In the summer of 1932, my grandfather and his pregnant wife set off in a motorcycle and sidecar for a motoring tour of North Wales. In our last episode we recalled their stop in Liverpool. This time they have reached Chester.
Chester Cathedral is a Church of England cathedral, is the mother church of the Diocese of Chester and has been the seat of the Bishop of Chester since 1541. Originally an abbey church dedicated to Saint Werburgh, the cathedral is now a Grade I listed building showcasing various architectural styles from the 10th to the early 16th century.
The oldest parts of the cathedral date back to 1093, when it began its life as a Benedictine Abbey. Over the centuries, the structure has undergone various modifications, combining Norman, Gothic, and Perpendicular styles. Unique features of the cathedral include a bishop’s consistory court and a separate parish church within its premises.
These days, beyond being a place of worship, Chester Cathedral serves as a vibrant community hub hosting a range of events. These include unconventional activities like abseiling, modern art exhibitions, this author’s second oldest son’s university graduation and Pete Waterman’s 64-foot-long model railway based upon Milton Keynes Central. Choir stalls feature intricately carved misericords with imaginative creatures and the nave is occasionally used as an indoor/outdoor cinema.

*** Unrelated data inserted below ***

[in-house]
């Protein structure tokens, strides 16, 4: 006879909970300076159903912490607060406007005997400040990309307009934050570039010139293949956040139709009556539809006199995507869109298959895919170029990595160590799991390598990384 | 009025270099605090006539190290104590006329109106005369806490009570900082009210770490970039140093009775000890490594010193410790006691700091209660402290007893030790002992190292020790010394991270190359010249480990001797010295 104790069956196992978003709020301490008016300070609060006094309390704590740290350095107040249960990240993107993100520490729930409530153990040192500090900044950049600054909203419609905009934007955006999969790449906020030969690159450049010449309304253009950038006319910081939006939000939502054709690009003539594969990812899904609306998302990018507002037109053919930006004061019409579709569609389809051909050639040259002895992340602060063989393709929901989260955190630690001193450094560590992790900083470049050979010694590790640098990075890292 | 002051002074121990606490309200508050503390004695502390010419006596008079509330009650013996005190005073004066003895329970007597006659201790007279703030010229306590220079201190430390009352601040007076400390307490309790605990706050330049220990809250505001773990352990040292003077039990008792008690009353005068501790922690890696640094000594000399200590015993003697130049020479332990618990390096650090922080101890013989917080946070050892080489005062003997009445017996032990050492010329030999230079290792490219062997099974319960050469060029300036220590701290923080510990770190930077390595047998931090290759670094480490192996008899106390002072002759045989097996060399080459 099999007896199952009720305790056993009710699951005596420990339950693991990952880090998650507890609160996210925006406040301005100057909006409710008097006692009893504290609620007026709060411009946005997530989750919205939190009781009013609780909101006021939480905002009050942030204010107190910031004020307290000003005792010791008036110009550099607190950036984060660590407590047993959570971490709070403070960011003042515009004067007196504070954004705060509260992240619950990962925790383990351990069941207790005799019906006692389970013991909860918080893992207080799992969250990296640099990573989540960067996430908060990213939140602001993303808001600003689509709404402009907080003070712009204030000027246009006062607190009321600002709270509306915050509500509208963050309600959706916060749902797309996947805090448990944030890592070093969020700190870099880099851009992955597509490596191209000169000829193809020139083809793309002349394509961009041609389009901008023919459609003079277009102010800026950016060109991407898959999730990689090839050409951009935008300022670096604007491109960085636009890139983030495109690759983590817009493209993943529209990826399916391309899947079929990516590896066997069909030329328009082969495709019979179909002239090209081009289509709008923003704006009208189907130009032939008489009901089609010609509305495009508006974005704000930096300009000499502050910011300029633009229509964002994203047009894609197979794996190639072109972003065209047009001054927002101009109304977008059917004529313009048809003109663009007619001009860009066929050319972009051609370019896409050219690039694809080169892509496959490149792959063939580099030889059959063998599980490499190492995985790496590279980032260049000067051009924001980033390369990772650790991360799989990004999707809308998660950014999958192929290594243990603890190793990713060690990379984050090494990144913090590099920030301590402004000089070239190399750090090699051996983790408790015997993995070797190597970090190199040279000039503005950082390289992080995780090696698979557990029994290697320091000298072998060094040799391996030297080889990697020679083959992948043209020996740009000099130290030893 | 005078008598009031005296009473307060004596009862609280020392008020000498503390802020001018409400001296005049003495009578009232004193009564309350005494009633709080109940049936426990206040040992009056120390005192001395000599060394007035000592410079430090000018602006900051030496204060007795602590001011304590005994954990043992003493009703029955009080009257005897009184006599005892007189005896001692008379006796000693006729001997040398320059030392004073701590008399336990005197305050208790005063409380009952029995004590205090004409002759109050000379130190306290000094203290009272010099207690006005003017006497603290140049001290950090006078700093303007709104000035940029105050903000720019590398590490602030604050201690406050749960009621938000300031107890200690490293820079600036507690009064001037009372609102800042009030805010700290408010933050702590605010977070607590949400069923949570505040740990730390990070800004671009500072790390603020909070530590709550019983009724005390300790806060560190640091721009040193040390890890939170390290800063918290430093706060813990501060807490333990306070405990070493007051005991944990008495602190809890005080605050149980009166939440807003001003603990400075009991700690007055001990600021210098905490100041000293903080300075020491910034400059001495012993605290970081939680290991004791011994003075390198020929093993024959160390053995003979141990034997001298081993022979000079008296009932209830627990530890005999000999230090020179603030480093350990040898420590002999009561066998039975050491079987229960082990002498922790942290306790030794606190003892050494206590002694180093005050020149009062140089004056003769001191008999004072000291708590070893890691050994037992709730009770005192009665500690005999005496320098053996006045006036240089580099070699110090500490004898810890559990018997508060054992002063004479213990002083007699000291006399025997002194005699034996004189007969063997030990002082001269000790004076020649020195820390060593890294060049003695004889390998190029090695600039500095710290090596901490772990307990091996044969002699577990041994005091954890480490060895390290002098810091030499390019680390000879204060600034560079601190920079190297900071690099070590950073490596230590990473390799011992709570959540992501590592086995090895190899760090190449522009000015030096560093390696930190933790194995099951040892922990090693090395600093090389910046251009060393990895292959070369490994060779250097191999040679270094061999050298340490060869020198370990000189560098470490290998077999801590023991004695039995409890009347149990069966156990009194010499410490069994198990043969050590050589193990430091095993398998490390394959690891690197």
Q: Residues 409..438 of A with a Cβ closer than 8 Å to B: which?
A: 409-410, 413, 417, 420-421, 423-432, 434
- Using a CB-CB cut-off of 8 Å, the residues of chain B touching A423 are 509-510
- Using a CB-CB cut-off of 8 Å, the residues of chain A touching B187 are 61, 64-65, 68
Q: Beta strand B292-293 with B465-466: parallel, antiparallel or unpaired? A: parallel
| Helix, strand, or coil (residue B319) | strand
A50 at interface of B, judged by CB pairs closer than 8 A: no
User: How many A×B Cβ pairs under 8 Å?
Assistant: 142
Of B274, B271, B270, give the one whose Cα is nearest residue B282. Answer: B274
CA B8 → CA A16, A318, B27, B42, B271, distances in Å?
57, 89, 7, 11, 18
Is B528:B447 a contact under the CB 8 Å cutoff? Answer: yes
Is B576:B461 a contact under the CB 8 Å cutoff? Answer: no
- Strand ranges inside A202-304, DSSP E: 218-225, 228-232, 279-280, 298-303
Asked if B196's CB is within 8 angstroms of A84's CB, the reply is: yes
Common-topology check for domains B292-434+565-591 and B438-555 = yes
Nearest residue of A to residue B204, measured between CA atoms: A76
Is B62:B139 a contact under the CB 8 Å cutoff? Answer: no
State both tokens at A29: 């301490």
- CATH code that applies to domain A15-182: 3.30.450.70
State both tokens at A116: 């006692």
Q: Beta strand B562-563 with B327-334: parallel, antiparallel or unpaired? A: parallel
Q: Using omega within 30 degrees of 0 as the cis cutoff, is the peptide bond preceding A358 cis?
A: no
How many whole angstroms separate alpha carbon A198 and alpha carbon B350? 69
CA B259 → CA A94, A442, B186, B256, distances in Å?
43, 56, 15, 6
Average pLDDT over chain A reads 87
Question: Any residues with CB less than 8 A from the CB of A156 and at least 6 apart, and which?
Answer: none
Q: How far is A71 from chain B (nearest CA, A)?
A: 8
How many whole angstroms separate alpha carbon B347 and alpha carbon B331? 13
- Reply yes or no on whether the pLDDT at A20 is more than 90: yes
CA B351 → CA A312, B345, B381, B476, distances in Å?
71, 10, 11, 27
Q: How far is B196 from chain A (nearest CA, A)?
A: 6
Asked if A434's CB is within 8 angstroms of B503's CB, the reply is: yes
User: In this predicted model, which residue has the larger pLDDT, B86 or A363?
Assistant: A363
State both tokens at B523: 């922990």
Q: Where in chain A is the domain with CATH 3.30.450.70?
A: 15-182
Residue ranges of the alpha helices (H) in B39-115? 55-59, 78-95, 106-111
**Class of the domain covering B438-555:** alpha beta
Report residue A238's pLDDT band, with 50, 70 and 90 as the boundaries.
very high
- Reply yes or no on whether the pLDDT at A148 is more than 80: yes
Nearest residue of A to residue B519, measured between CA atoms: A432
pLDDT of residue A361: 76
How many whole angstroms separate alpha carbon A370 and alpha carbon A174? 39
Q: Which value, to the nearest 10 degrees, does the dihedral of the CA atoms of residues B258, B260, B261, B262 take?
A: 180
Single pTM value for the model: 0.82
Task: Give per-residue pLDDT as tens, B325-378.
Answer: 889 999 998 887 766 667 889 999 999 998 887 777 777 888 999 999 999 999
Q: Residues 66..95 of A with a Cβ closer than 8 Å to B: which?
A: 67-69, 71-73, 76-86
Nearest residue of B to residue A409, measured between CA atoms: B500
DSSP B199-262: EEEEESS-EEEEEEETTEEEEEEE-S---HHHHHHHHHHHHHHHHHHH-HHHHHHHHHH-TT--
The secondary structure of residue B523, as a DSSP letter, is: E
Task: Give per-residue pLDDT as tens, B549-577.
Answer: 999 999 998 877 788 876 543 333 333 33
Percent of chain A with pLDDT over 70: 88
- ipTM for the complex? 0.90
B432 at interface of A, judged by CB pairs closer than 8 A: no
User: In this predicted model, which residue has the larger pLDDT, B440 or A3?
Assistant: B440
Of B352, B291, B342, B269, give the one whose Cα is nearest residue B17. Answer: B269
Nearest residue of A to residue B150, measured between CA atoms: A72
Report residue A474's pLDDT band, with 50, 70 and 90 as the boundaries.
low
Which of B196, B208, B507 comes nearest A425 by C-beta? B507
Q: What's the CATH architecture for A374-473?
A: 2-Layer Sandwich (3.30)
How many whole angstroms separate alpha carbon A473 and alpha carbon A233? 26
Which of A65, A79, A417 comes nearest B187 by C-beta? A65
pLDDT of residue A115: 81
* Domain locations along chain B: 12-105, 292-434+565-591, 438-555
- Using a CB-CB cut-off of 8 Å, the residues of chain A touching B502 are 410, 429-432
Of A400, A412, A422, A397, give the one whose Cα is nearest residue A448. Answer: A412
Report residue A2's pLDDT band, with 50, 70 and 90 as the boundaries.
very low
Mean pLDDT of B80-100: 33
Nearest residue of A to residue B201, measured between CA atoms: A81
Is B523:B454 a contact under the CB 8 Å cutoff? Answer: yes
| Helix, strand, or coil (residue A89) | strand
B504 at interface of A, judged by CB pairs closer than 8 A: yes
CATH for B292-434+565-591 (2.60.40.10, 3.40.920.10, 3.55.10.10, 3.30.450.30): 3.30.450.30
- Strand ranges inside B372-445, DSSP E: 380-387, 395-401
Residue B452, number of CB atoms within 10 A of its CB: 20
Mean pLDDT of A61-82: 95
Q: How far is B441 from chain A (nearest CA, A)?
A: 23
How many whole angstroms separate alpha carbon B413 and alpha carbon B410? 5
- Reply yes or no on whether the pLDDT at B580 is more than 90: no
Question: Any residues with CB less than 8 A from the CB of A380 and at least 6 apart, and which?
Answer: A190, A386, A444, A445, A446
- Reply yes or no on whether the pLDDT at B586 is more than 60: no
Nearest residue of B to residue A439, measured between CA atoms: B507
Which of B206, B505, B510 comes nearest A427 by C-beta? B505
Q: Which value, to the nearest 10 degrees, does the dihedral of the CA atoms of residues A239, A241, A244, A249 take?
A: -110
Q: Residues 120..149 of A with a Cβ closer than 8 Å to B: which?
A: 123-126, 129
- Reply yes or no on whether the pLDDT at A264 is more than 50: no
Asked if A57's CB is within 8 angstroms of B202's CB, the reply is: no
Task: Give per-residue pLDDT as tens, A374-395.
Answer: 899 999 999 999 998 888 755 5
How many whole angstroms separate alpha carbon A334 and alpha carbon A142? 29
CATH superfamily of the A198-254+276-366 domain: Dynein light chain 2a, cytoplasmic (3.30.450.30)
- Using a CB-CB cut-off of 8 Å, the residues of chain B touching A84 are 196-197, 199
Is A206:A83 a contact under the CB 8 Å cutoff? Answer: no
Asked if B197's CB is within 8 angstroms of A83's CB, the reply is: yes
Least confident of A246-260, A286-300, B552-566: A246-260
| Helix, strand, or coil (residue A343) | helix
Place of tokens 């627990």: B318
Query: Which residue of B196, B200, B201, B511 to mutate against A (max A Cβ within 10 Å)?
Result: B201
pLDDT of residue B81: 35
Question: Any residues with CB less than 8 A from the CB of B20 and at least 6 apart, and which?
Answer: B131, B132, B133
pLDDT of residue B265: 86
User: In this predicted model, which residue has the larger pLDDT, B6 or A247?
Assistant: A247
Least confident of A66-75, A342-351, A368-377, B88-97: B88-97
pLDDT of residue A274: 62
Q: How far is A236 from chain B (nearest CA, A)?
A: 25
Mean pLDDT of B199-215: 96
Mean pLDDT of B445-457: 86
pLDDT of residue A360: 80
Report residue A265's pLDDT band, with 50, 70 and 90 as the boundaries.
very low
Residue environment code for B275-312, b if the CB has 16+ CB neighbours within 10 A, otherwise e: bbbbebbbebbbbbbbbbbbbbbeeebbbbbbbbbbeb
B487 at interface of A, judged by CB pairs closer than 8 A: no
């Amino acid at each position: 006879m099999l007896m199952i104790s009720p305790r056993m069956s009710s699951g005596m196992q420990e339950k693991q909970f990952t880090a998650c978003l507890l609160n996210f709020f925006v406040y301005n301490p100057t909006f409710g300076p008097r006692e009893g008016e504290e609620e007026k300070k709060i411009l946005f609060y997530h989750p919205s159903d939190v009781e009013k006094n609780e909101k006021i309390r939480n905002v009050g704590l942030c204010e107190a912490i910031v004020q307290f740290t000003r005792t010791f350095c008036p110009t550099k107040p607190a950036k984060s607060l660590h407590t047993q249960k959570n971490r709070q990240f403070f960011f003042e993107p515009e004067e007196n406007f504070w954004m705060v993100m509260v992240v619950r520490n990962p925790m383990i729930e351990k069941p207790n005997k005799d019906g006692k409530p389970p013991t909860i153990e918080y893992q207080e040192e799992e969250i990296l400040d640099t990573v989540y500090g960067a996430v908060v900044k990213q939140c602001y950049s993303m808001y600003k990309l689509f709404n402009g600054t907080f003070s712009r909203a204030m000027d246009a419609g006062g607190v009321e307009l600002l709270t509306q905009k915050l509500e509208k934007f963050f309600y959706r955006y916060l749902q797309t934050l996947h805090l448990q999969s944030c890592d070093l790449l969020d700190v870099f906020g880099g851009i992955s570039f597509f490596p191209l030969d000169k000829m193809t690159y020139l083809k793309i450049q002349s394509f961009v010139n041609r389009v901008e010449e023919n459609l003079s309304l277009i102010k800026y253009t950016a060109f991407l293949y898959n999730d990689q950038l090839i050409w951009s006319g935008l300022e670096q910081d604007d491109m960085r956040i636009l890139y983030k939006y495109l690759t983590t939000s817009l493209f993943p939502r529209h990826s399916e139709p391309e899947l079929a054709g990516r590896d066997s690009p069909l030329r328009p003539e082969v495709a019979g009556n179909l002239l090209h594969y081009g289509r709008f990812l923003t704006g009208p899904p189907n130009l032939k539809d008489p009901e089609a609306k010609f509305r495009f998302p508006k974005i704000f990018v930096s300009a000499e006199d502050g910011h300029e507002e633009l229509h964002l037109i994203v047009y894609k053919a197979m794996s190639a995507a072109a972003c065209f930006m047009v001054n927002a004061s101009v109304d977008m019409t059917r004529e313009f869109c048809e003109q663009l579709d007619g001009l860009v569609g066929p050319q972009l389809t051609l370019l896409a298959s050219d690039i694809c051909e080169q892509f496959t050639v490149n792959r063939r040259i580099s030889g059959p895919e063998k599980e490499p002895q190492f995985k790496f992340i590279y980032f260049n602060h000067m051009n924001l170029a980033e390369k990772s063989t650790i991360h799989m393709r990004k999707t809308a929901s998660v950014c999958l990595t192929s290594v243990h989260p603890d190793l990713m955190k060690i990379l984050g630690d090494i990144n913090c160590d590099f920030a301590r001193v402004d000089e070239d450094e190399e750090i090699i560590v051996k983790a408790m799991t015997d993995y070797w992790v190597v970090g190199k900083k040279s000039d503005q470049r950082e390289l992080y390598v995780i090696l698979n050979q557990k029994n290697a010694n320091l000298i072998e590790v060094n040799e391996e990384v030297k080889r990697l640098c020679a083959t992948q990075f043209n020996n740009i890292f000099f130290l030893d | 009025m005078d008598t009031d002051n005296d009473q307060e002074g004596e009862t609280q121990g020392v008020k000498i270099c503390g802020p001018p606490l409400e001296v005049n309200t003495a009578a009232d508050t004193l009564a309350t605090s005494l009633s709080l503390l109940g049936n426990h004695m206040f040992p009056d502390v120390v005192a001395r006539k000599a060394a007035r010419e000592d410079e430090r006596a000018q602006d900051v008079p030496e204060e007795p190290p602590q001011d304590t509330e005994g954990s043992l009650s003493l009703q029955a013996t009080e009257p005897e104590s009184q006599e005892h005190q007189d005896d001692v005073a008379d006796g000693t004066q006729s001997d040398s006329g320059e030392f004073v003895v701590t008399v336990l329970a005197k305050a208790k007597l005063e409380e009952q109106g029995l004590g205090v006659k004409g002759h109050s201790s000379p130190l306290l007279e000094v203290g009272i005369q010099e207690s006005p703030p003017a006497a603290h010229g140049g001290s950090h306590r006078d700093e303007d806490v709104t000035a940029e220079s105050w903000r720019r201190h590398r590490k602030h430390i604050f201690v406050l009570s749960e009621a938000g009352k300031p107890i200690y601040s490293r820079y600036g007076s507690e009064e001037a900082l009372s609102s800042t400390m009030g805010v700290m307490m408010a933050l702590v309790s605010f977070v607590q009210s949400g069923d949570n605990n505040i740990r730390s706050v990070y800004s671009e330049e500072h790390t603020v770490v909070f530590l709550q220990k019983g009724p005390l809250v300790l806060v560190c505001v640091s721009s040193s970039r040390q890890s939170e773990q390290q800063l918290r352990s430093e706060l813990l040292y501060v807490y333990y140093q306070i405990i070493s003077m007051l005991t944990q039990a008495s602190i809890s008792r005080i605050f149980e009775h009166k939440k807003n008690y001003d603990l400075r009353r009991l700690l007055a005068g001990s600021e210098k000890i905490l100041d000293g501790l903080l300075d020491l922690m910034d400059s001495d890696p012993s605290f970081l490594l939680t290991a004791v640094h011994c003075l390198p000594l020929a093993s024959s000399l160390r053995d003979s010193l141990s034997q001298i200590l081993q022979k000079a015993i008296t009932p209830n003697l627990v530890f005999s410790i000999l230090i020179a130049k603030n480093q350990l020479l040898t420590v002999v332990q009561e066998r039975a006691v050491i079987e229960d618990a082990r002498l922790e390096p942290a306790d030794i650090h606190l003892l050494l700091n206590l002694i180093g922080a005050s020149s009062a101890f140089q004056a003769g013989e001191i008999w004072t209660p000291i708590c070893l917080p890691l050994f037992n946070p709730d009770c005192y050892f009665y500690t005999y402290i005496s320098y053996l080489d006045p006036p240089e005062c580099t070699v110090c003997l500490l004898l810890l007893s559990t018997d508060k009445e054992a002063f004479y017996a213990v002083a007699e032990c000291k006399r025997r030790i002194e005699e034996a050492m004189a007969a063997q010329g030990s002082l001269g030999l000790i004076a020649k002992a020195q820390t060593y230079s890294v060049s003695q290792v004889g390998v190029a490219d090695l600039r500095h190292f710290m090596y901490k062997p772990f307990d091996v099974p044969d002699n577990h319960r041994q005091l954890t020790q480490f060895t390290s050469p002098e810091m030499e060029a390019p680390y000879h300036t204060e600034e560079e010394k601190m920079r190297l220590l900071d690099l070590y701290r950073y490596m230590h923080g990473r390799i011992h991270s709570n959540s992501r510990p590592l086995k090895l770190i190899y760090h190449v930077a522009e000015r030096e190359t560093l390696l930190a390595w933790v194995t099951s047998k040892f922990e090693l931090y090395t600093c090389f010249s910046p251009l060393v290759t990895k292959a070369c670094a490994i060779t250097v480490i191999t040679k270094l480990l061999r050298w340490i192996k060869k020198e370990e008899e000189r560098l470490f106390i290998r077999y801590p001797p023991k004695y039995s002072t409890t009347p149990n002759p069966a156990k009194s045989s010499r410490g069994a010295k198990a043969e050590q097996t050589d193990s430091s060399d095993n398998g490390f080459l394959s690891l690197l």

The Baptistry houses a stone plinth with the board of an ancient game called ‘nine men’s morris’. The cathedral’s rich history and exceptional architecture make it a must-see attraction in Chester.
Chester in the 1930s
Chester in the 1930s was a city transitioning from its industrial past towards a more service-oriented economy. It was a period marked by the Great Depression, which also affected Chester, though the city’s diverse economic base helped to cushion the blow. In terms of infrastructure, the city saw significant developments during this decade. The renowned Chester Zoo was opened in 1931 by George Mottershead and has since become one of the city’s most popular attractions. The Grosvenor Bridge, a vital transport link across the River Dee, was already in place and celebrating its centenary.